For tobacco users looking for a proven-effective way to quit, the best plan is to talk to their health care providers or seek help from an evidence-based resource, like Tobacco Free Florida. Additionally, there are nicotine replacement therapies (NRT) and other quit aids that are approved by FDA to help tobacco users quit. These include: FDA-approved over-the-counter NRT like the patch, gum and lozenges;[xv] FDA-approved prescription NRT such as the nicotine inhaler and nasal spray;[xvi] and FDA-approved prescription non-nicotine medications.[xvii],[xviii] “FDA-approved” means that these quit aids have gone through clinical trials that prove they are safe and effective.

Tobacco Free Florida’s new Quit Your Way program makes it easier than ever for tobacco users to access free tools and services to help them quit. For more information to quit tobacco or help a loved one quit, visit tobaccofreeflorida.com/quityourway.

What the Public Health Community Has Said About Electronic Cigarettes

“The increased use of e-cigarettes by teens is deeply troubling. Nicotine is a highly addictive drug. Many teens who start with e-cigarettes may be condemned to struggling with a lifelong addiction to nicotine and conventional cigarettes.”[xix]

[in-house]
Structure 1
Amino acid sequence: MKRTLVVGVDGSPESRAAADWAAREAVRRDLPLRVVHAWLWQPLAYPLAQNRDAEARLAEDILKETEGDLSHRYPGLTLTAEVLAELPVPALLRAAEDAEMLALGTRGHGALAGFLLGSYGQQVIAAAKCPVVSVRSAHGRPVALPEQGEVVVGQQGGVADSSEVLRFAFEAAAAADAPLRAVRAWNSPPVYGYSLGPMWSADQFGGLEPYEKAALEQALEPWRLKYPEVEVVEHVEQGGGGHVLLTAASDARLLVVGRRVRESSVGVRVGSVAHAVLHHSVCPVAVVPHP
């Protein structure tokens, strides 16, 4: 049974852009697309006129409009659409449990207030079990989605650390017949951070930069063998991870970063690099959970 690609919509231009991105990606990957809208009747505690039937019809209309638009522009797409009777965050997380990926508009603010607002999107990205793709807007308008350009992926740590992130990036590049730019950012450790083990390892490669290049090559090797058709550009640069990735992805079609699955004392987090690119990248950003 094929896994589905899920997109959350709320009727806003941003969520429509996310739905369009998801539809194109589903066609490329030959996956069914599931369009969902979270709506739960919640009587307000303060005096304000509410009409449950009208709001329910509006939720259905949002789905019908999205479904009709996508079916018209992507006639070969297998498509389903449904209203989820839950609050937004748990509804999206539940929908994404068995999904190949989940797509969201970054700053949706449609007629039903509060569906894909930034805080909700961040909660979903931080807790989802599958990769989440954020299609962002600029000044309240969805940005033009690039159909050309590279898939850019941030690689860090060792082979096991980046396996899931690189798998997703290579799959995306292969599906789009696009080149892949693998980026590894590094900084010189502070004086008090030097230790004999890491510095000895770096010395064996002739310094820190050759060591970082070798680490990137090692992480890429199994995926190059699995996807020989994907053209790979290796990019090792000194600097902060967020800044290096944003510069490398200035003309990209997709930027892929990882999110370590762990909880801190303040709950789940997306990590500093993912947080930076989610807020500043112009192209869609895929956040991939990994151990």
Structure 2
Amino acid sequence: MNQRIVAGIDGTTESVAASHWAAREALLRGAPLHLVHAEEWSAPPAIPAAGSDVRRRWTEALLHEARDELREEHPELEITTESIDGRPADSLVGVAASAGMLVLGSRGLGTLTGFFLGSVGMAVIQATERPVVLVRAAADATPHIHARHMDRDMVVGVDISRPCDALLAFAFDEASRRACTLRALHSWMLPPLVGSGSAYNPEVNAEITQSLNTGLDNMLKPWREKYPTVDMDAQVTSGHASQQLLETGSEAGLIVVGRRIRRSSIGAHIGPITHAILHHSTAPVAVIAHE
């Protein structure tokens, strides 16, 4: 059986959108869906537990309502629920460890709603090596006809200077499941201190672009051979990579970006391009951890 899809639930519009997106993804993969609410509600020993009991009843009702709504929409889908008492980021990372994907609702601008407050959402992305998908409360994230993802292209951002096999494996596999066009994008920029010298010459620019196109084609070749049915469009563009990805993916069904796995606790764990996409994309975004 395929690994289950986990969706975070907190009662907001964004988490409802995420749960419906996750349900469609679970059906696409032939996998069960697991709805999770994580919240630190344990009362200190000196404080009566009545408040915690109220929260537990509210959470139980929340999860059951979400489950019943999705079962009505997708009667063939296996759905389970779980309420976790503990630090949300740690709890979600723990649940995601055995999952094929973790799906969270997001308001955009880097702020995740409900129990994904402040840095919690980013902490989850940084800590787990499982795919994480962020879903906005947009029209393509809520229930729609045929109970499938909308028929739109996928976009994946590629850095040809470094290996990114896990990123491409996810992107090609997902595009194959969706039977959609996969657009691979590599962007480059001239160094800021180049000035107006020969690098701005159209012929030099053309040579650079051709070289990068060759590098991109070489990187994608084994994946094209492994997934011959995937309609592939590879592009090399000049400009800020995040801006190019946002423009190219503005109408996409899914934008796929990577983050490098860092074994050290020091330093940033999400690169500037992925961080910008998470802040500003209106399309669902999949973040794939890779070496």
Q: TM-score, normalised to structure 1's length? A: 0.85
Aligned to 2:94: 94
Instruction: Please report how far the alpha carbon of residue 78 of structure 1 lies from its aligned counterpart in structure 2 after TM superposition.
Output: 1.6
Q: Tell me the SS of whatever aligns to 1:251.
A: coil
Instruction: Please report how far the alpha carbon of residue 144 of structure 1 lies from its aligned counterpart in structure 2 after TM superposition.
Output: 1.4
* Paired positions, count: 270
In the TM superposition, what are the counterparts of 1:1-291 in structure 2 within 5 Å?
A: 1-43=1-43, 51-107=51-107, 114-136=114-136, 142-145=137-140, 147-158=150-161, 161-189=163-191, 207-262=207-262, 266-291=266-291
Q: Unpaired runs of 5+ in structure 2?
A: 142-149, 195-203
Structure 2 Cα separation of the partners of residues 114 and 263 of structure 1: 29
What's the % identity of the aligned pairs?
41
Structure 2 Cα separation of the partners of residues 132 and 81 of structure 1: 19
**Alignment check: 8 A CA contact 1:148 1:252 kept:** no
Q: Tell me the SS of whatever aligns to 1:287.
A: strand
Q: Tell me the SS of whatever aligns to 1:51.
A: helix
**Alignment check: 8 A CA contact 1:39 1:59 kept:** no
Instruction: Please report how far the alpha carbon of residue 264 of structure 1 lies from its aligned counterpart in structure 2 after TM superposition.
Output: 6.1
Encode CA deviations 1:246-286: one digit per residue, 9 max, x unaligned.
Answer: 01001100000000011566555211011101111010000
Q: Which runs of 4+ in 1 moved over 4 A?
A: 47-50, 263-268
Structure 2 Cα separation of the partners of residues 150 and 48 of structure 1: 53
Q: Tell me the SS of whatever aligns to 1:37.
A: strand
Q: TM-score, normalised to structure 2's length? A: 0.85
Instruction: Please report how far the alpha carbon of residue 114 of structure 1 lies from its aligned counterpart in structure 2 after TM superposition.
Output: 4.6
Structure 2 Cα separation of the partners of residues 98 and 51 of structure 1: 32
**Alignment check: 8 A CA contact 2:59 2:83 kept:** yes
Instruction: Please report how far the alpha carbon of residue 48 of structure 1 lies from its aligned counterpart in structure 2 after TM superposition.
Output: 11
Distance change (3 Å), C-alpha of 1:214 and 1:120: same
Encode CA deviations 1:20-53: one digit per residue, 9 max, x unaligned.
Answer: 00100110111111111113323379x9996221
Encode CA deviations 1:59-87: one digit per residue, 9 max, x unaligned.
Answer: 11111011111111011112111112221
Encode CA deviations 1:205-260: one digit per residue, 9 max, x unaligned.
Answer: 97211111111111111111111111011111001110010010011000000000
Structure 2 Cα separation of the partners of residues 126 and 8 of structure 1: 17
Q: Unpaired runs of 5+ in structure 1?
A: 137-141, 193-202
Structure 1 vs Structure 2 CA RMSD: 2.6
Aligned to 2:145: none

– Tom Frieden, Director of the Centers for Disease Control and Prevention (CDC)

“If the marketers of the electronic cigarette want to help smokers quit, then they need to conduct clinical studies and toxicity analyses and operate within the proper regulatory framework. Until they do that, WHO cannot consider the electronic cigarette to be an appropriate nicotine replacement therapy, and it certainly cannot accept false suggestions that it has approved and endorsed the product.”[xx]

– Douglas William Bettcher Director the Department for Prevention of Noncommunicable Diseases, World Health Organization (WHO)

“In today’s rapidly evolving tobacco marketplace, the surge in youth use of novel products like e-cigarettes forces us to confront the reality that the progress we have made in reducing youth cigarette smoking rates is being threatened. These staggering increases in such a short time underscore why FDA intends to regulate these additional products to protect public health.”[xxi]

– Mitch Zeller, J.D., Director of FDA’s Center for Tobacco Products

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References

[i] U.S. Department of Health and Human Services. The Health Consequences of Smoking: Nicotine Addiction. A Report of the Surgeon General. Atlanta: U.S. Department of Health and Human Services, Public Health Service, Centers for Disease Control, National Center for Chronic Disease Prevention and Health Promotion, Office on Smoking and Health, 1988. DHHS Publication No. (CDC) 88-8406.